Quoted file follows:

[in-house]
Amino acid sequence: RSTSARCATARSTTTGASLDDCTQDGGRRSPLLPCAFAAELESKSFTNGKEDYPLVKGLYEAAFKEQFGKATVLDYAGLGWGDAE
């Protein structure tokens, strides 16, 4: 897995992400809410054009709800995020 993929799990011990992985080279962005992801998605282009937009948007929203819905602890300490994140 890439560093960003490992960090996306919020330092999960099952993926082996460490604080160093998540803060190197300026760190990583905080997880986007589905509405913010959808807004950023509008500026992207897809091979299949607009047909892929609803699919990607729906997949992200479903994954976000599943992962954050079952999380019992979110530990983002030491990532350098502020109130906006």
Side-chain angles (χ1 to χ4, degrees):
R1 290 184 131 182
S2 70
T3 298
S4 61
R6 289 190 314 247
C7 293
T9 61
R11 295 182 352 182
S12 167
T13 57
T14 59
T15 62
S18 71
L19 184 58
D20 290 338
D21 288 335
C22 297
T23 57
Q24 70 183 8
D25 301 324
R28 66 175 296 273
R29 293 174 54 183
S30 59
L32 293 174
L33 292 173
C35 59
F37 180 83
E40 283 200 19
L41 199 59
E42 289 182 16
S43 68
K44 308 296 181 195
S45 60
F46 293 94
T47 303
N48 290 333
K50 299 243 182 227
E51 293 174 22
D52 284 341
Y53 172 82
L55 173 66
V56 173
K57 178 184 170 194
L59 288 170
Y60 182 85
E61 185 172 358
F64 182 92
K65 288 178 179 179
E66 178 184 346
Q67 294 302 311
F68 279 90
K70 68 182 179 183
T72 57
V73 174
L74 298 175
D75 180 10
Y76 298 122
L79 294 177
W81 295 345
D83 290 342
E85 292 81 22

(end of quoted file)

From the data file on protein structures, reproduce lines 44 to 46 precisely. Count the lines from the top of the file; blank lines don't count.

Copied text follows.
Y53 172 82
L55 173 66
V56 173